oAdds up all the crime and divides it by the population (rate per 100 000 people)
-Crime severity index (2006) gives a better understanding of serious crimes
oCrimes are weighted depending on the sentence given
-Self-report studies are used to give data on unreported crimes (the dark figure of crime)
oSurveys ask how safe Canadians feel, how much they believe in the justice
system and their satisfaction with policing
oDifficult to determine how much crime there really is

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Sociology 327
Textbook Notes
-Sexual assaults are the most common unreported crime
-General Social Survey (1985)
oEvery 5 years
oLargest source of data about unreported crime
oN=25 000, ages 15 and older
o1/3 of incidents reported to police
Usually if it was violent or they lost something (theft)
oDefinition of terms such as sexual assault makes a difference in whether or not
they are reported
-Majority of Canadians are satisfied with their safety but media has a big influence on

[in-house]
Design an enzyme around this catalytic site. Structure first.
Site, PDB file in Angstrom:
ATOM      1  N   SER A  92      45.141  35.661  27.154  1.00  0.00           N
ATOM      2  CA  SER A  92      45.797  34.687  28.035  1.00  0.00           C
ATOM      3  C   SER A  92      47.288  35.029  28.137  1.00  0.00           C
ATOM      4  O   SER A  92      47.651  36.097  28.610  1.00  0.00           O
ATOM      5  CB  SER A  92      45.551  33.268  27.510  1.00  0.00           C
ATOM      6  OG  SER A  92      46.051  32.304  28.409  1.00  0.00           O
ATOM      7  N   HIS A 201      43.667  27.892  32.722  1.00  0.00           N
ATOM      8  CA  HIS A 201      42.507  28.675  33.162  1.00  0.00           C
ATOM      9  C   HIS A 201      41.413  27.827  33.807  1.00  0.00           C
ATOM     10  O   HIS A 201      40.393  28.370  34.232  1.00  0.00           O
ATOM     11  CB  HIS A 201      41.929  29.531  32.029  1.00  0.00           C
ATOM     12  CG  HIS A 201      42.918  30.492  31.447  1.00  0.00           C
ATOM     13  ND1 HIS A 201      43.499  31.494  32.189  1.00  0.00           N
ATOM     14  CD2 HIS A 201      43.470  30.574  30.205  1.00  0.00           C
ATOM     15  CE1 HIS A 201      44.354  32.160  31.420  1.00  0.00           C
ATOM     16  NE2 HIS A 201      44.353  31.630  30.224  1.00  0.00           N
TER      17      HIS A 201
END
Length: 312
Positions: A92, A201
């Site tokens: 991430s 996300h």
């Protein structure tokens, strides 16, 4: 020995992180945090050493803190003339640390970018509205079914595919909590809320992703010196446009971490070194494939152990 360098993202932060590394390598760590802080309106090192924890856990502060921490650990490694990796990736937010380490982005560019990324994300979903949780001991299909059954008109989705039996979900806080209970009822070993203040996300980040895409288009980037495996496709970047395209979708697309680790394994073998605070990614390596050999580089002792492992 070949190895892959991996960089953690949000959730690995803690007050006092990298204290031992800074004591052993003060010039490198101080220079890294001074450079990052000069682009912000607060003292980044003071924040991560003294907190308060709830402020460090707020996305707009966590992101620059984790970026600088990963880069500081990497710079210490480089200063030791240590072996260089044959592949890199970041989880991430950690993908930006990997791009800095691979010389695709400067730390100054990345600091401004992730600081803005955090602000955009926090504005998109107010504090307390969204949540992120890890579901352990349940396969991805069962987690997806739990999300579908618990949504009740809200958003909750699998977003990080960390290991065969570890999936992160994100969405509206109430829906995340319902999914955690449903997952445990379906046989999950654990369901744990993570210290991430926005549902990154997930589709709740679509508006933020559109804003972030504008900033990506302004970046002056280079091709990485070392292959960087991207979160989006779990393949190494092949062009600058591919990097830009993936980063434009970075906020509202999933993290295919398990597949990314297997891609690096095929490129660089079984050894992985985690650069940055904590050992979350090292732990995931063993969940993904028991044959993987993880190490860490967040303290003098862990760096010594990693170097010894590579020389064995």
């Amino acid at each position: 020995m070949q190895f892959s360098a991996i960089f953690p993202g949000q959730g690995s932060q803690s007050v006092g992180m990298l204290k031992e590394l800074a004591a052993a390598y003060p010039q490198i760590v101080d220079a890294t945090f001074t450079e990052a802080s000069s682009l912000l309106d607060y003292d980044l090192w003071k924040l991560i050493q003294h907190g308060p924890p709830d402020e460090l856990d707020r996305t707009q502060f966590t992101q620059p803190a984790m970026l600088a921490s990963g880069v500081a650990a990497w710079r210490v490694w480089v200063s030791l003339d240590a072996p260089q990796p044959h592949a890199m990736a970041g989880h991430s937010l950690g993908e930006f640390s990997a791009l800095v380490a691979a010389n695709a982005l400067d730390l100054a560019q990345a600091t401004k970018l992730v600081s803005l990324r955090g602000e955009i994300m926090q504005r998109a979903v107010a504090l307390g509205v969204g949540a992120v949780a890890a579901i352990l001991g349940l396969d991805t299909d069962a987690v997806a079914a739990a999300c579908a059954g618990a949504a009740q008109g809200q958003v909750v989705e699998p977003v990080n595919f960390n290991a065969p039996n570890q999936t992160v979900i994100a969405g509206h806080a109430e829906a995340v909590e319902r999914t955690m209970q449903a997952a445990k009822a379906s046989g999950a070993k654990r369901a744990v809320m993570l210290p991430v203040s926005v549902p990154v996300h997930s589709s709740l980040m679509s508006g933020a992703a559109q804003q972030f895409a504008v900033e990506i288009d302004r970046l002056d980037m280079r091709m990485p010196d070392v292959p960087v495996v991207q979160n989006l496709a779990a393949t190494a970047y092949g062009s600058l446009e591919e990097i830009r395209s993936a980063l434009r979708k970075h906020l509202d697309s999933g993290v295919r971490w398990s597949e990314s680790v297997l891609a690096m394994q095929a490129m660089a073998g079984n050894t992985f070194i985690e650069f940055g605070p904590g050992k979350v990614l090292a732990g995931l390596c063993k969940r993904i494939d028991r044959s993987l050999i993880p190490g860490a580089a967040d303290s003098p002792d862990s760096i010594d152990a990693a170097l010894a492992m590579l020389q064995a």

attitudes and beliefs on crime
oSince violent crimes are the crimes that are most commonly reported, people
believe that violent crimes are still on the rise making governments put emphasis
on the “tough on crime approach”
oPeople show a lot of support for mandatory minimum sentences for people
selling drugs at or near a school or tougher sentences on marijuana growers and
gang-related crimes
oSupport to get rid of the Faint Hope Clause
Those who have committed a very serious offence like murder have a
chance to get parole after 15 years if they only killed one person
-Definition of criminal is also ambiguous
oTo count crime accurately, must define “criminal”
oDefinition: criminal is anyone who has been convicted of a crime
oThe smallest group of people who have come into contact with the criminal